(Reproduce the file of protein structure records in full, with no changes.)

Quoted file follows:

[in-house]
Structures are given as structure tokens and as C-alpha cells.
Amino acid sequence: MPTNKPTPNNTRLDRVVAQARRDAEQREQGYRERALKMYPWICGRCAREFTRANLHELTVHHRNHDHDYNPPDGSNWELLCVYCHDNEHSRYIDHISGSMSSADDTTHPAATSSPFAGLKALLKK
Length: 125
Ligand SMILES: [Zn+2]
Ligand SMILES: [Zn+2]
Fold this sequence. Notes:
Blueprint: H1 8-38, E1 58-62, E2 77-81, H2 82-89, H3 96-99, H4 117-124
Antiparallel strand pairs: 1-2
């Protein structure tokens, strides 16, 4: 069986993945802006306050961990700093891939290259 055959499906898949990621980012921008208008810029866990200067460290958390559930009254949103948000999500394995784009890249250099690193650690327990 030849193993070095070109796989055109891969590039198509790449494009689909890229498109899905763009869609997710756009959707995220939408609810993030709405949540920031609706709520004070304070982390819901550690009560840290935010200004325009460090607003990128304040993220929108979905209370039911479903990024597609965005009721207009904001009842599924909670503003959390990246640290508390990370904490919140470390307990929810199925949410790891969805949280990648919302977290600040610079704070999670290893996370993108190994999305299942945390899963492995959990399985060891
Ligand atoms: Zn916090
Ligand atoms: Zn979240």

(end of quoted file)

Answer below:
[in-house]
Structures are given as structure tokens and as C-alpha cells.
Amino acid sequence: MPTNKPTPNNTRLDRVVAQARRDAEQREQGYRERALKMYPWICGRCAREFTRANLHELTVHHRNHDHDYNPPDGSNWELLCVYCHDNEHSRYIDHISGSMSSADDTTHPAATSSPFAGLKALLKK
Length: 125
Ligand SMILES: [Zn+2]
Ligand SMILES: [Zn+2]
Fold this sequence. Notes:
Blueprint: H1 8-38, E1 58-62, E2 77-81, H2 82-89, H3 96-99, H4 117-124
Antiparallel strand pairs: 1-2
């Protein structure tokens, strides 16, 4: 069986993945802006306050961990700093891939290259 055959499906898949990621980012921008208008810029866990200067460290958390559930009254949103948000999500394995784009890249250099690193650690327990 030849193993070095070109796989055109891969590039198509790449494009689909890229498109899905763009869609997710756009959707995220939408609810993030709405949540920031609706709520004070304070982390819901550690009560840290935010200004325009460090607003990128304040993220929108979905209370039911479903990024597609965005009721207009904001009842599924909670503003959390990246640290508390990370904490919140470390307990929810199925949410790891969805949280990648919302977290600040610079704070999670290893996370993108190994999305299942945390899963492995959990399985060891
Ligand atoms: Zn916090
Ligand atoms: Zn979240």